Wednesday, March 20, 2013

Eurocrash: the cat and mouse wags the dog

Handels 019-dog.jpg

In response to the Cypriot parliament rejection of the EU's "rescue" plan, Handelsblatt sounds almost baffled.

A tiny island, with the economic power about half the size of Bremen, it notes, is playing a game of cat and mouse with the second largest economic power in the world. By comparison, the GDP of the eurozone is more than 550 times as large as that of Cyprus. 

Mixing metaphors outrageously, it then presents this cat and mouse player as the tail wagging the dog, nevertheless recoding the words of the chairman of the ruling party Disy, Averof Neofytou. He speaks openly of how critical the situation is, declaring: "We are on the verge of a disorderly bankruptcy".

Clearly struggling with the enormity of it all, Handelsblatt now has Cyprus racing "straight for the abyss". This, I suppose, is multi-tasking , while playing cat and mouse and wagging the dog, Cyprus also finds time to race for the abyss, although how it manages a straight path while doing so much else must remain a mystery. 

And just in case you missed the impression that it was, the paper also tells you that the Cyprus crisis is getting worse, adding that the vote against the rescue is "a catastrophic political defeat for conservative president Nikos Anastasiadis". 

The vote is far more catastrophic for the "colleagues" though. Having declared Cyprus of systemic importance, to let it now collapse is unthinkable. The disastrous effect on what is left of its own credibility, especially in relation to Spain and Italy, would be irrecoverable. Their word would no longer have any value at all. 

For the moment, the island's economy is being kept afloat by the same mechanism which kept the wolf from the door – the so-called Emergency Liquidity Assistance (ELA). Beyond that, the "colleagues", famous for never having a "plan B", don't seem to have anything else on offer. No one has ever said "no" to them in such unequivocal terms. 

But if they continue to insist on the compulsory levy, it would wreck the European principle of community and solidarity. Cyprus as a financial centre would be buried and destroyed Yet there is no real alternative - other than the sale of the natural gas that can be realistically exploited only in years.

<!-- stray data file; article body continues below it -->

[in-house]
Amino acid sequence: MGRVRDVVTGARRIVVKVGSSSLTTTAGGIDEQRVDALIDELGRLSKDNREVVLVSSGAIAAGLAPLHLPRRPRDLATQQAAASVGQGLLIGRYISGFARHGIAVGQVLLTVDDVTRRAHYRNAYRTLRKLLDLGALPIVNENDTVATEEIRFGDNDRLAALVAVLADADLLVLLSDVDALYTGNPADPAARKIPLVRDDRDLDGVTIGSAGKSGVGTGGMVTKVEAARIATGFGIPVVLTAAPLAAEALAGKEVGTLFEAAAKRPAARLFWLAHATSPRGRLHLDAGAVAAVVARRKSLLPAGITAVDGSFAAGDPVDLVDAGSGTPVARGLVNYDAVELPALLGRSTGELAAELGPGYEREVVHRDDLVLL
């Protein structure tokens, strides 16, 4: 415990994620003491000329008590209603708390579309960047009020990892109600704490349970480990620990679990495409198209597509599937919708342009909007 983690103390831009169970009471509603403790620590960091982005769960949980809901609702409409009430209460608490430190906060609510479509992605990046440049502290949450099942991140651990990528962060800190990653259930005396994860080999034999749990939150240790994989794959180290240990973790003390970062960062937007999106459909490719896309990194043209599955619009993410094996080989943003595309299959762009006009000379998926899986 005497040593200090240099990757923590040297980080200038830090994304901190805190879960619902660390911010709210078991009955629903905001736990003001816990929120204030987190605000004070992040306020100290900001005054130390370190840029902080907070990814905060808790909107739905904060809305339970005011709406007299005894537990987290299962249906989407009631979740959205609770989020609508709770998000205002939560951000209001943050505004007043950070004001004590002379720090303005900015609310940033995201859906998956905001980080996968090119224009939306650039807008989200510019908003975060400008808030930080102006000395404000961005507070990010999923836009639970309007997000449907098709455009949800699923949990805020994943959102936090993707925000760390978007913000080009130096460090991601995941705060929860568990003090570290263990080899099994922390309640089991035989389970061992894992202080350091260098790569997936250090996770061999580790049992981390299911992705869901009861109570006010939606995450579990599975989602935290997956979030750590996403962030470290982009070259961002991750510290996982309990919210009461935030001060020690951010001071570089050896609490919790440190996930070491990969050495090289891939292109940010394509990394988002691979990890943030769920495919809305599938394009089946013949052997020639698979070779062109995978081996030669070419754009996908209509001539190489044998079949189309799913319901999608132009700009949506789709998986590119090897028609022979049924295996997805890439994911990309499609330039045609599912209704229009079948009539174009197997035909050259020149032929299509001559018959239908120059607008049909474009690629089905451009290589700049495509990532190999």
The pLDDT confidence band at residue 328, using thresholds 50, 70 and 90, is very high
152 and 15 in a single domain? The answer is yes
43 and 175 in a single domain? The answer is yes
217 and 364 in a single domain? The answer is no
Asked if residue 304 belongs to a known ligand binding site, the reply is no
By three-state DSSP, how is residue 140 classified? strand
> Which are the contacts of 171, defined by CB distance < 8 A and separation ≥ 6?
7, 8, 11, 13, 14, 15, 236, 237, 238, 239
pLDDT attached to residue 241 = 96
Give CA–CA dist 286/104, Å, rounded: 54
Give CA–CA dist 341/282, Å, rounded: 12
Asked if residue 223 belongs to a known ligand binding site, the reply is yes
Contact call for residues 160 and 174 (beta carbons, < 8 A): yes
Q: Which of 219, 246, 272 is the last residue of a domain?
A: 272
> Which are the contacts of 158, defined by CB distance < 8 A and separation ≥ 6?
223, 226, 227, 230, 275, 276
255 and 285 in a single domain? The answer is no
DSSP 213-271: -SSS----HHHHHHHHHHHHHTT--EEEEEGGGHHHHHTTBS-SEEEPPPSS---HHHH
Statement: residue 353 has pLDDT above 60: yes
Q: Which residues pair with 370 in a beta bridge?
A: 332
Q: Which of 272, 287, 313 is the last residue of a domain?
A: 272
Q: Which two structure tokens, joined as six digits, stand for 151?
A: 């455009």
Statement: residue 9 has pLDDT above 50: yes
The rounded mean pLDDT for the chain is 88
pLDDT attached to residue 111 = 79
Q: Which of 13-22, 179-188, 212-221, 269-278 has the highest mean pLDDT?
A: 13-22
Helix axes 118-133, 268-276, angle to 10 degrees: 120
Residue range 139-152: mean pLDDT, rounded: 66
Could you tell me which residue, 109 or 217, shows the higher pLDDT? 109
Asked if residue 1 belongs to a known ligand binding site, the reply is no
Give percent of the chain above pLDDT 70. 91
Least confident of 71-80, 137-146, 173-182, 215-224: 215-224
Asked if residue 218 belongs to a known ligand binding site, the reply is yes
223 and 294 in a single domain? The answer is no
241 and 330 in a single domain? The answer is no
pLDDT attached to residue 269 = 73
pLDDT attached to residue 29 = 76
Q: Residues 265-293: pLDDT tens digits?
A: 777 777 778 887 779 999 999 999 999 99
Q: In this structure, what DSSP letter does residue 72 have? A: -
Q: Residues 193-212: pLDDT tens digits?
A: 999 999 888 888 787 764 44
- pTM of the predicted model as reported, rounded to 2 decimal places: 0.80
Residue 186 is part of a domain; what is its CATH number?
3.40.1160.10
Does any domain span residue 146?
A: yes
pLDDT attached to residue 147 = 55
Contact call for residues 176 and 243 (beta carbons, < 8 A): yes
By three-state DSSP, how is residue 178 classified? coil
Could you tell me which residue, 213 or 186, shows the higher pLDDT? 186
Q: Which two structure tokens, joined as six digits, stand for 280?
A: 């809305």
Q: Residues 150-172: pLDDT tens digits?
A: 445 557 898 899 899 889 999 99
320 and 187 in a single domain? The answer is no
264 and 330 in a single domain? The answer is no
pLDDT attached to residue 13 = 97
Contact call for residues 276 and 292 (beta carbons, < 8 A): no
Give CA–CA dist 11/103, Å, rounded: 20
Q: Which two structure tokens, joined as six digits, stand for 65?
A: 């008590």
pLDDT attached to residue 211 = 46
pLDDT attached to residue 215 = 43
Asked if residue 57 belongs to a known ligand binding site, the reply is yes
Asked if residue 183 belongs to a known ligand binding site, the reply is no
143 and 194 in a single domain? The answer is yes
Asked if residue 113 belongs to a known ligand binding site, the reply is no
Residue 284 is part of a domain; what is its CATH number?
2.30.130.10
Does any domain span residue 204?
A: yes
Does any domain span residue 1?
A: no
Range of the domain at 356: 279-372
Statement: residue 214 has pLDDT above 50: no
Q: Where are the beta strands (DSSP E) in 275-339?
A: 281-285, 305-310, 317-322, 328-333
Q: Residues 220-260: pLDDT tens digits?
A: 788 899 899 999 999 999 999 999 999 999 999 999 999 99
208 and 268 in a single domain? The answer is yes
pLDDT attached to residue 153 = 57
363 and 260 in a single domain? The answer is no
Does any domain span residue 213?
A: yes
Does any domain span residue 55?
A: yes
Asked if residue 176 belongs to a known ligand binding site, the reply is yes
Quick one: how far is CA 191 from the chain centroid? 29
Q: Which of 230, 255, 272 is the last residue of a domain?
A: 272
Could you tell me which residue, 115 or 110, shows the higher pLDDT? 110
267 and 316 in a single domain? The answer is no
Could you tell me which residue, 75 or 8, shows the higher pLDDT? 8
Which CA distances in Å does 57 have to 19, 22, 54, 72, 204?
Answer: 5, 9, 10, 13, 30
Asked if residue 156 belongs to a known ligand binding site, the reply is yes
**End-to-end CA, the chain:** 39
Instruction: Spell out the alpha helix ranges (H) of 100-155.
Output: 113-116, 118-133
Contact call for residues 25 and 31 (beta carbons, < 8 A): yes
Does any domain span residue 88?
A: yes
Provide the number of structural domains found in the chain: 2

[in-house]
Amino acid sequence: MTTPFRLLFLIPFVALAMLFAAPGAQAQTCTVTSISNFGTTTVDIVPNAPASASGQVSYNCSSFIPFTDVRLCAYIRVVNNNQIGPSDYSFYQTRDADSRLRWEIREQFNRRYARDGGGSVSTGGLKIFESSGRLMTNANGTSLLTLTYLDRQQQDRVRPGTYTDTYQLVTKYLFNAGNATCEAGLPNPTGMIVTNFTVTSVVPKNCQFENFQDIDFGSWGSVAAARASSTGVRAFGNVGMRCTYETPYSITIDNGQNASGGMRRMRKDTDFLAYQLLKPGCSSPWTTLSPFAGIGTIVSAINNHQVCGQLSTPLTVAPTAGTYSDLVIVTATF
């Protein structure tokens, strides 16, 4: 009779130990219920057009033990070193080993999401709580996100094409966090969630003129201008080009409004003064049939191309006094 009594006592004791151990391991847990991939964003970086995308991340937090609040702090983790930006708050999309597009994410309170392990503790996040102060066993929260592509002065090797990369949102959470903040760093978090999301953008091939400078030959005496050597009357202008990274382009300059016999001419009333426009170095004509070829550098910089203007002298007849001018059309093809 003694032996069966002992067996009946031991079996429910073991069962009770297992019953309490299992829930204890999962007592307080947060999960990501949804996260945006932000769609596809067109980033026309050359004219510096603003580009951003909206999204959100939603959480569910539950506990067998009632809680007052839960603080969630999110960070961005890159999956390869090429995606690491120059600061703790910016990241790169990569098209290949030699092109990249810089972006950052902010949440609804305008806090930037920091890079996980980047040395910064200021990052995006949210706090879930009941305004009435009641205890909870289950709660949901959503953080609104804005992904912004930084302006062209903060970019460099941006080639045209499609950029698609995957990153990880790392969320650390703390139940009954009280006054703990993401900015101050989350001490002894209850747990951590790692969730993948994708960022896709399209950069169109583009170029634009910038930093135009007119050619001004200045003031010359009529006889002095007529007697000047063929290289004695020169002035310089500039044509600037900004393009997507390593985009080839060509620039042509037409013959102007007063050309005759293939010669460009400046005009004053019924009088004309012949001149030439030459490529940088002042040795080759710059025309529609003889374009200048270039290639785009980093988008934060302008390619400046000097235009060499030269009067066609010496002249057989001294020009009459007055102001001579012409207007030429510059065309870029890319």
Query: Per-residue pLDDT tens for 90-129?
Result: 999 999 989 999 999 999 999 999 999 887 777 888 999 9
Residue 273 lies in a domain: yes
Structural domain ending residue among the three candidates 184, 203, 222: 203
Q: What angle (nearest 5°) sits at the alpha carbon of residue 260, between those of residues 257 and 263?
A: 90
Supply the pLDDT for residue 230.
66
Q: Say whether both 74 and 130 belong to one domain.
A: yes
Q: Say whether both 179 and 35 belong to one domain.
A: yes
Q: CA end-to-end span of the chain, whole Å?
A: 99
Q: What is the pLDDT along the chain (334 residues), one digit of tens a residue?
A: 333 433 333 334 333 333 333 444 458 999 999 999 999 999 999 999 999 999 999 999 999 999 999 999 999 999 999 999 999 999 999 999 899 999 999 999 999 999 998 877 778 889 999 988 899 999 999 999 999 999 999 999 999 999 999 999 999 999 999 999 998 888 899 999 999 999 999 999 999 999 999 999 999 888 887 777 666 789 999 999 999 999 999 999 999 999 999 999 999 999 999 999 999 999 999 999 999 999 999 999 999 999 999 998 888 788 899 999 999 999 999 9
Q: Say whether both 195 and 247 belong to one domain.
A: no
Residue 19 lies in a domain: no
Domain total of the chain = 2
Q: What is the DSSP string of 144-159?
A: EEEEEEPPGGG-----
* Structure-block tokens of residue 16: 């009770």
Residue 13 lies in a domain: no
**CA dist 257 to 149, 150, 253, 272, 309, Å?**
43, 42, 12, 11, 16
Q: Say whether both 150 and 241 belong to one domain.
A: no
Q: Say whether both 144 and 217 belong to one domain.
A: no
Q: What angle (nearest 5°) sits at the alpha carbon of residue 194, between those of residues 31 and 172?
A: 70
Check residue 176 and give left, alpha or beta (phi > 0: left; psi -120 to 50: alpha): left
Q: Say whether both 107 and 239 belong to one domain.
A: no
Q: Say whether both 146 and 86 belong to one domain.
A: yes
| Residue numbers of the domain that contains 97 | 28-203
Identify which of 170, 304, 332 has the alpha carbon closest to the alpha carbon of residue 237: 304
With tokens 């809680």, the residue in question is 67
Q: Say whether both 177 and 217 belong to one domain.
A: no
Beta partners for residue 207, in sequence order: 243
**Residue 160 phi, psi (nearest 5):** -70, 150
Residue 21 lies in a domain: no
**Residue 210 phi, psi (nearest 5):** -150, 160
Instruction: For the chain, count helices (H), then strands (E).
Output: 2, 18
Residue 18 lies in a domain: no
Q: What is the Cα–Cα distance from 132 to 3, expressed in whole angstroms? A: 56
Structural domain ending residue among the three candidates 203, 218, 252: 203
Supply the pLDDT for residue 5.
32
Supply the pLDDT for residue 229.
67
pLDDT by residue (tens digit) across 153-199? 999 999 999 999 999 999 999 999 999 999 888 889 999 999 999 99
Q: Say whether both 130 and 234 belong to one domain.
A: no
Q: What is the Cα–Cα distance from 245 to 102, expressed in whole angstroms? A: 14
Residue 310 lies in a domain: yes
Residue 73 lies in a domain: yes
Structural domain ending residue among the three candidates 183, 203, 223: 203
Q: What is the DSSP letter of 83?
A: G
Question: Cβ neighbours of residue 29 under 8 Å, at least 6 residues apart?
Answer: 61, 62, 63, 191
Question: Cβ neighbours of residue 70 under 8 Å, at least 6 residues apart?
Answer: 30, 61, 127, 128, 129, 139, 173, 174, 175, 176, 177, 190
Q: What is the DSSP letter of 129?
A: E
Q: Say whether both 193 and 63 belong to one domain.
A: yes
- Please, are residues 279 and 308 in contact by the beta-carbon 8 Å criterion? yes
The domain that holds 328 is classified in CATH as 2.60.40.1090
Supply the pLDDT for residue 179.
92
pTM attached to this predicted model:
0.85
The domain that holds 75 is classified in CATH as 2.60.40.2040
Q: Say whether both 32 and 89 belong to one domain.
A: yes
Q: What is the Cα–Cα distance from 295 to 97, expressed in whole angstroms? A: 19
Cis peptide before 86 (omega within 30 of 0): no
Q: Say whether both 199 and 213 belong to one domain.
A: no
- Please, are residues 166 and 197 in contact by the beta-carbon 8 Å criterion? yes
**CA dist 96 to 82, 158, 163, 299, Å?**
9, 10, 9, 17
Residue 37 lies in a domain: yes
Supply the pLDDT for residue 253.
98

So, as the demonstrators in Nicosia shouted with joy at the news from their parliament, there must have been some very glum faces in Brussels. 

Possibly, Russia will come to the rescue. Finance minister Michael Sarris is leading talks in Moscow with Russian officials today, and he may come back with a bag of roubles. It may be either that, or don't come back at all – roubles or rubble, so to speak. 

And then there is another hurdle. There is yet another day to go before the Cypriot banks open. It there is no levy in place, the government is going to find it hard keeping bank accounts frozen. But it is going to find it very hard to prevent a run on the banks. 

Events will be watched very closely across the world, but nowhere more closely than in Spain and Italy. One false move to add to the many others will give "contagion" a new meaning, as cash pours out of the coffers of the banks in these two states. 

This makes it hard to disagree with former governor of the Cyprus central bank, Anthanasios Orphanides. He concedes that there has been a "very serious blunder" by eurozone governments. They are, he says, "blackmailing the government of Cyprus to confiscate the money that belongs rightfully to depositors in the banking sector in Cyprus".

Orphanides thinks we are witnessing the slow death of the European Project, but we've been witnessing that for so long that one can never be sure. If nothing else, though, it is going to be very interesting indeed to see how the "colleagues" get themselves out of this mess.